I am writing this post to compare my findings around real-world use of video in HTML 5 with others. My hope is that some of the people who have made extensive use of it will weigh in on what I think are the biggest problems with it.

I’m going to skip the whole debacle around h264. I love the codec, it was painful to see it get derailed as Google, then Mozilla declined to use it. Then actually Google did use it. And now it’s in a weird place where Firefox is going to use it, but only if the codec came licensed with your operating system.

The biggest problem with HTML5 video is the lack of information or standards on how it is implemented in browsers, period. Let me describe one of the weirdest scenarios I’ve come across in extensive testing because I really want to know if anyone has useful input on this.

In Chrome, the h264 codec is supported, and seems to work just great on short videos (like 5 minutes or less). However, Chrome seems to stutter and choke with longer videos (30 minutes for sure) no matter what you do. I have extensively tried different compression settings and formats. I’ve served the video from a wide variety of servers, and also tried using a CDN. None of this makes a difference.

Chrome ignores the “preload” attribute on video tags…..except it doesn’t, it just seems to! Try setting preload to “none” and you’ll see that Chrome IS actually using it – the video will not load anything, even the first image will not be there (if you don’t set the “poster” attribute). For sure Chrome is recognizing the tag.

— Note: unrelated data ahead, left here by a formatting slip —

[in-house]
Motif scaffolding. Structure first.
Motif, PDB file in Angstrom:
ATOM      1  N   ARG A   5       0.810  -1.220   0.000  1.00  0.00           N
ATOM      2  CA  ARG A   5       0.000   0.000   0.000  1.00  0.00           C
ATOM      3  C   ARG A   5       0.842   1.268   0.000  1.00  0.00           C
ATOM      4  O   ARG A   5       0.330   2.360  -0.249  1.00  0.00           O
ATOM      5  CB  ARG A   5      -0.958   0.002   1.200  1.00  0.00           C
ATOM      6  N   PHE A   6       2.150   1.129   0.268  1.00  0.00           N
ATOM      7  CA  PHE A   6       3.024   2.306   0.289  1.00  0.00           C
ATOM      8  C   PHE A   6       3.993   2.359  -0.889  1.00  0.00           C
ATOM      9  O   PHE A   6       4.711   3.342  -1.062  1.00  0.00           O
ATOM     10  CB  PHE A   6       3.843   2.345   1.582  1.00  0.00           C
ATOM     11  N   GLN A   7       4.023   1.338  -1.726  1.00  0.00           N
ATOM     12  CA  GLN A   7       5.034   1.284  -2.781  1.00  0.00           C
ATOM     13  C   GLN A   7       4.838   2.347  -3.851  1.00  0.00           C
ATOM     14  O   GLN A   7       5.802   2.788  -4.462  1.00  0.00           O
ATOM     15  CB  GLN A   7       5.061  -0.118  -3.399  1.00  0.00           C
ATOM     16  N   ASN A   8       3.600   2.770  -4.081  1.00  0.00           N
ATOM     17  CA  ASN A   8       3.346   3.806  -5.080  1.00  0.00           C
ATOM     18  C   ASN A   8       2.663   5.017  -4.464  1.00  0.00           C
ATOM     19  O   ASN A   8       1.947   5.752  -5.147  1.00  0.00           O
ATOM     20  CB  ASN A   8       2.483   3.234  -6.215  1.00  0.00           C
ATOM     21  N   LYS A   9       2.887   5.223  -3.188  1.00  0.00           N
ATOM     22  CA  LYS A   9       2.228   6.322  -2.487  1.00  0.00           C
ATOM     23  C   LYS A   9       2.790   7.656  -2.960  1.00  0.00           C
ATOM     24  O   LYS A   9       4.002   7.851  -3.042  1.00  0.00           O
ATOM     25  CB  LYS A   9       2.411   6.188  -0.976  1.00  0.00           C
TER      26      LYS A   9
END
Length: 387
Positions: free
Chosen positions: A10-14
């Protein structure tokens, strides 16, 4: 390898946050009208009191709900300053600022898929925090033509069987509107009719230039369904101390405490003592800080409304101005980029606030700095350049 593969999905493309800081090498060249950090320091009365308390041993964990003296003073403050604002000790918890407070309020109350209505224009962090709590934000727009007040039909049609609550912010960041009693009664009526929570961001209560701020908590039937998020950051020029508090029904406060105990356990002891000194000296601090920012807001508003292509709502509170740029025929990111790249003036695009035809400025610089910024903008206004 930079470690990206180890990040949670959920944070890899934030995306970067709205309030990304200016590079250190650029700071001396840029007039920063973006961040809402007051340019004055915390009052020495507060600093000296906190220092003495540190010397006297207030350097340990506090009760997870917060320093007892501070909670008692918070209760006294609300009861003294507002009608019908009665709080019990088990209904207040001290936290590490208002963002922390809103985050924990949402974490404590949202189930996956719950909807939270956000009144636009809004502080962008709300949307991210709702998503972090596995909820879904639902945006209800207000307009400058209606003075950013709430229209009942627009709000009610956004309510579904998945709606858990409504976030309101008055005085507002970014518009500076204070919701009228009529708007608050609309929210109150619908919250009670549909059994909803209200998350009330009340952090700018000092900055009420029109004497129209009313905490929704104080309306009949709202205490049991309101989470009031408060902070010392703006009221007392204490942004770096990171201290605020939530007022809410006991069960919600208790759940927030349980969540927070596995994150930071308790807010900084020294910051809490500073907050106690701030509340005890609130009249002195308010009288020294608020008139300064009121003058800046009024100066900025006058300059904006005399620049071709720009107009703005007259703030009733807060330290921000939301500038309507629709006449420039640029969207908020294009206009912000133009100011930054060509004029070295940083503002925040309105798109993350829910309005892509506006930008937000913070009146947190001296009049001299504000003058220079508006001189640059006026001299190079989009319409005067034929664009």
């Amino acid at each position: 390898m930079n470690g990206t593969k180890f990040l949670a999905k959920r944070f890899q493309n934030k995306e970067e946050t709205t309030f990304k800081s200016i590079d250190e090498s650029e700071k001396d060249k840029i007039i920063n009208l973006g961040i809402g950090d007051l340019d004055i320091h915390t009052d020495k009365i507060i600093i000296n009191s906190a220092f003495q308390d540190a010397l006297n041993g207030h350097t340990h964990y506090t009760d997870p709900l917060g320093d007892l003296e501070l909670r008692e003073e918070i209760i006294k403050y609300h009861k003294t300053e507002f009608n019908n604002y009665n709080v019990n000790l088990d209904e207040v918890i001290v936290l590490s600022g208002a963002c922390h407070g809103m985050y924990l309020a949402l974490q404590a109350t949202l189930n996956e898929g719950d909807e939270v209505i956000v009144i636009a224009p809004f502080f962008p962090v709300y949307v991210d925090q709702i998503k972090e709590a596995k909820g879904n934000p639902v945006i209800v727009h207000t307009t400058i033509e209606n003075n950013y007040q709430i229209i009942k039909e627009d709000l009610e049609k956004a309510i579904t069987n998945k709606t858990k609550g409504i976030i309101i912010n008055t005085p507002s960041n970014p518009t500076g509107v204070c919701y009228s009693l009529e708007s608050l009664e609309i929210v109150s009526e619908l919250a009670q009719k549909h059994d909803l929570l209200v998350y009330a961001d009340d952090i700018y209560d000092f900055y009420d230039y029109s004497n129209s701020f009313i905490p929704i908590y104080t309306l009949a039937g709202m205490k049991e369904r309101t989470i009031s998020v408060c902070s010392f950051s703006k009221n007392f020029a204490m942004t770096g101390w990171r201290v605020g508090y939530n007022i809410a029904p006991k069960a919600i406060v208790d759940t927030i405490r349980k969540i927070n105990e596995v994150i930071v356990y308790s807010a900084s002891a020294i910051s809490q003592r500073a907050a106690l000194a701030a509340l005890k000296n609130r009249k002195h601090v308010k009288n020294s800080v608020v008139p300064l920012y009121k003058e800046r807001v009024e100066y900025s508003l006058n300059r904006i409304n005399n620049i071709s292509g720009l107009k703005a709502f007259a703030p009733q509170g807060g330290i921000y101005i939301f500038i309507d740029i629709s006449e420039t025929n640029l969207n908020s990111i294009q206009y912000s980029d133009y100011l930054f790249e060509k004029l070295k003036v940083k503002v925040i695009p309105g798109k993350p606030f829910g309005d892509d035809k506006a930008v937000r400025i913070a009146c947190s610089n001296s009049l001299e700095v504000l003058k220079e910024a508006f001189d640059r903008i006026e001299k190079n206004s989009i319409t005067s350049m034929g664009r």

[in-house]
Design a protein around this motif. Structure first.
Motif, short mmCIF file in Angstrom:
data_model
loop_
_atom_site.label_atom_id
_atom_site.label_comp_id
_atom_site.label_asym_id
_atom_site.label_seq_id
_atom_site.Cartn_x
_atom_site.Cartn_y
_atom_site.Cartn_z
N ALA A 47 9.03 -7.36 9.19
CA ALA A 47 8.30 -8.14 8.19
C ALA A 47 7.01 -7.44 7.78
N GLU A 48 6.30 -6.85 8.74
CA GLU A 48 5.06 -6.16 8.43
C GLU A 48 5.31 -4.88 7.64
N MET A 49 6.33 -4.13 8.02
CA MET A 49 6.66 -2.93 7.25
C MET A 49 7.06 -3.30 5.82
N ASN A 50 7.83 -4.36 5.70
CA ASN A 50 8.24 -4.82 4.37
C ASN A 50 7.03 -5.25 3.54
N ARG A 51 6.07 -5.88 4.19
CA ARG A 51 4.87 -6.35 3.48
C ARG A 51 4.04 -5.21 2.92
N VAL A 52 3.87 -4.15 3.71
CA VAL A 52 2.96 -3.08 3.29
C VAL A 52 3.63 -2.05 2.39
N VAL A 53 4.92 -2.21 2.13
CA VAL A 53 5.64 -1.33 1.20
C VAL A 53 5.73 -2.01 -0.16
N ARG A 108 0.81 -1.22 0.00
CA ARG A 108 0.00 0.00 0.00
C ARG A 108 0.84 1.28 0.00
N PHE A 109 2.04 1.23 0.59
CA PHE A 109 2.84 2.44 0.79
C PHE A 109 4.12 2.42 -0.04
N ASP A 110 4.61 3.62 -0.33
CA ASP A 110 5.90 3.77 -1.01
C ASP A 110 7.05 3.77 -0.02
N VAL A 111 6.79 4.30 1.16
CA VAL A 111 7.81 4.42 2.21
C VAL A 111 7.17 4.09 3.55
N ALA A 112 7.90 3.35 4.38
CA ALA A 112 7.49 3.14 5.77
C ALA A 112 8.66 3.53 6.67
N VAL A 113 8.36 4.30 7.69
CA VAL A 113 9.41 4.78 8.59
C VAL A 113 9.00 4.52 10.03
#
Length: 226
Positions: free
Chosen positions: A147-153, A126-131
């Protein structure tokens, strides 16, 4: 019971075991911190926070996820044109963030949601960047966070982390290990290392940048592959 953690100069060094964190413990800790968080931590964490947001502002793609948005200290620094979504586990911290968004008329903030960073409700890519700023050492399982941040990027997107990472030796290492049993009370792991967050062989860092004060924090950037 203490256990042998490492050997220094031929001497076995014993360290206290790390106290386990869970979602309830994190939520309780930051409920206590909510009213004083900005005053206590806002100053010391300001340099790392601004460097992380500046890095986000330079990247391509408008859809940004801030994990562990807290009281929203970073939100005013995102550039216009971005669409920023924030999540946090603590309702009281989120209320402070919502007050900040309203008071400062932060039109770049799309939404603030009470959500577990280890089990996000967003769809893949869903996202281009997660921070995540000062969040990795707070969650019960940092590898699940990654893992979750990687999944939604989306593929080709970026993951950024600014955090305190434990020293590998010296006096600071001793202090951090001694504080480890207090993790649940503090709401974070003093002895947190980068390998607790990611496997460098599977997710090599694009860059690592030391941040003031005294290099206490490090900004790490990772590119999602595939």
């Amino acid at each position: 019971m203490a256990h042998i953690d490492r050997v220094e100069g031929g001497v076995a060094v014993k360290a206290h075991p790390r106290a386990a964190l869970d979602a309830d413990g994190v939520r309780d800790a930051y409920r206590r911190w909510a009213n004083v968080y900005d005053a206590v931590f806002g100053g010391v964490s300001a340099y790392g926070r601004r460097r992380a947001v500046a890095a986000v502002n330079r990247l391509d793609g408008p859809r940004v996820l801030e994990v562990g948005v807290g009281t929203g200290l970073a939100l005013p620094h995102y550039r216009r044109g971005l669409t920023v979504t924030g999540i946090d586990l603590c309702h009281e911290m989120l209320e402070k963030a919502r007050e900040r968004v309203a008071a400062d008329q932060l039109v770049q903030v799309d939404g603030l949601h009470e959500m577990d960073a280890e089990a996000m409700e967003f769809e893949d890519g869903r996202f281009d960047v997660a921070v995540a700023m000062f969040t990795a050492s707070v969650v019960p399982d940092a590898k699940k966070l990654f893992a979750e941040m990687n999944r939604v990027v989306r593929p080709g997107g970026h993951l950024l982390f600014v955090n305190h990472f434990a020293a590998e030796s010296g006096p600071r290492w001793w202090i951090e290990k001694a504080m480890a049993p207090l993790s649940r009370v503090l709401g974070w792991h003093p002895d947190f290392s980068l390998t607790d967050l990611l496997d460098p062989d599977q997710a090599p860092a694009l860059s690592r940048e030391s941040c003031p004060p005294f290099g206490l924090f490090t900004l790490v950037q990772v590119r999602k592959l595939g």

Yet with a longer video, you will not see the load bar filling with preload set to “auto”. And even on short videos of a minute or two, you will see it fill only so far, then stop.

[video sample is gone]

In Chrome (version 22.0.1229.94) , the video above gets to 20 seconds, stutters and dies. Results vary but I show it consistently doing this at some point. The same video in Safari buffers enough to prevent this behavior. This is not a problem with the server.

What I Think is Happening

Chrome will preload video, but it has an extremely small buffer for it – only 2.84 megs, compared with other browsers that allow 10 to 20 megs for this. It opens an http connection (and by the way it will ONLY open six connections at a time) and persists that connection. The idea is that if you actually play the video, the open connection should keep loading video and the 2.84 megs is your safety buffer. I’m sure the idea was to lower the amount of loading that happens needlessly.

The problem is that on longer videos the open connection fails. The buffer is not nearly enough to provide a good playback, no matter what compression settings you use. It’s about the length of the file, not the actual file size.

Did the developers make a conscious decision to optimize Chrome for short videos? Perhaps they are encouraging streaming for anything longer. If I’m missing something, please do let me know!

The fact remains, no matter if your connection is good (2 megs up, 24 megs down) video will fail and stutter in Chrome using the HTML5 video tag. It doesn’t matter if you preload or not. In fact, there is almost NO reason not to preload in Chrome because it’s not going to preload very much anyway.

Safari treats it differently. It will happily download an entire 30 minute video if left alone. I’ve tested the exact same 30 minute video across browsers and this behavior is consistent whether using a CDN or not.

Below is the exact same video served through Flash, which does not seem to have any issues at all.

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